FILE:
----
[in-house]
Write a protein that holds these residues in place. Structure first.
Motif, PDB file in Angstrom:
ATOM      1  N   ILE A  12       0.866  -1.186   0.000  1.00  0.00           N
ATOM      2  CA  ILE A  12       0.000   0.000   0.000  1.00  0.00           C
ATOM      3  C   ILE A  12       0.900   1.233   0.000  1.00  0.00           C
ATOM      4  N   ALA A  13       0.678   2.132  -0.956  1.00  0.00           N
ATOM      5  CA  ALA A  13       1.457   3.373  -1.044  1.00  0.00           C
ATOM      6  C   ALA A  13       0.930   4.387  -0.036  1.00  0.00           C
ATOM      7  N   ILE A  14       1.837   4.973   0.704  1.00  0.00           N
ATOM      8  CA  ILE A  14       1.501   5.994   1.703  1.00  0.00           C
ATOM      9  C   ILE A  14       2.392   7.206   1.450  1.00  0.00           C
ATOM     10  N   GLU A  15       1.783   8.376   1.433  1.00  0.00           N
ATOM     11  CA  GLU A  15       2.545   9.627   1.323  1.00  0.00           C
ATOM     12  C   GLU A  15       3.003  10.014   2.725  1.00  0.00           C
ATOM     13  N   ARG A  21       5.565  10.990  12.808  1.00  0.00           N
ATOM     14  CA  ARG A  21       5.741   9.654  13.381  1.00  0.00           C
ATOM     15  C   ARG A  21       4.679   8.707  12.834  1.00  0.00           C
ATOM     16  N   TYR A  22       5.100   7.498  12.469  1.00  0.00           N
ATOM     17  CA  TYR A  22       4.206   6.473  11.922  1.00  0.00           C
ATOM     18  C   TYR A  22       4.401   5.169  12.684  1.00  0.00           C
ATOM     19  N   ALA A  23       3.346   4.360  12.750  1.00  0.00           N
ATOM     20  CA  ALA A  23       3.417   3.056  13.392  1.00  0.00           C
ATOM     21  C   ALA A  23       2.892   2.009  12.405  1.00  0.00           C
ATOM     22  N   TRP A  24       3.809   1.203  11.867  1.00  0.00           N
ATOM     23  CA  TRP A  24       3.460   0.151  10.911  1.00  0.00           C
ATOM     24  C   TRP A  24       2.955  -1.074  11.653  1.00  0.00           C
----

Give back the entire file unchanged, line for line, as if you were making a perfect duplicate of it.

[in-house]
Write a protein that holds these residues in place. Structure first.
Motif, PDB file in Angstrom:
ATOM      1  N   ILE A  12       0.866  -1.186   0.000  1.00  0.00           N
ATOM      2  CA  ILE A  12       0.000   0.000   0.000  1.00  0.00           C
ATOM      3  C   ILE A  12       0.900   1.233   0.000  1.00  0.00           C
ATOM      4  N   ALA A  13       0.678   2.132  -0.956  1.00  0.00           N
ATOM      5  CA  ALA A  13       1.457   3.373  -1.044  1.00  0.00           C
ATOM      6  C   ALA A  13       0.930   4.387  -0.036  1.00  0.00           C
ATOM      7  N   ILE A  14       1.837   4.973   0.704  1.00  0.00           N
ATOM      8  CA  ILE A  14       1.501   5.994   1.703  1.00  0.00           C
ATOM      9  C   ILE A  14       2.392   7.206   1.450  1.00  0.00           C
ATOM     10  N   GLU A  15       1.783   8.376   1.433  1.00  0.00           N
ATOM     11  CA  GLU A  15       2.545   9.627   1.323  1.00  0.00           C
ATOM     12  C   GLU A  15       3.003  10.014   2.725  1.00  0.00           C
ATOM     13  N   ARG A  21       5.565  10.990  12.808  1.00  0.00           N
ATOM     14  CA  ARG A  21       5.741   9.654  13.381  1.00  0.00           C
ATOM     15  C   ARG A  21       4.679   8.707  12.834  1.00  0.00           C
ATOM     16  N   TYR A  22       5.100   7.498  12.469  1.00  0.00           N
ATOM     17  CA  TYR A  22       4.206   6.473  11.922  1.00  0.00           C
ATOM     18  C   TYR A  22       4.401   5.169  12.684  1.00  0.00           C
ATOM     19  N   ALA A  23       3.346   4.360  12.750  1.00  0.00           N
ATOM     20  CA  ALA A  23       3.417   3.056  13.392  1.00  0.00           C
ATOM     21  C   ALA A  23       2.892   2.009  12.405  1.00  0.00           C
ATOM     22  N   TRP A  24       3.809   1.203  11.867  1.00  0.00           N
ATOM     23  CA  TRP A  24       3.460   0.151  10.911  1.00  0.00           C
ATOM     24  C   TRP A  24       2.955  -1.074  11.653  1.00  0.00           C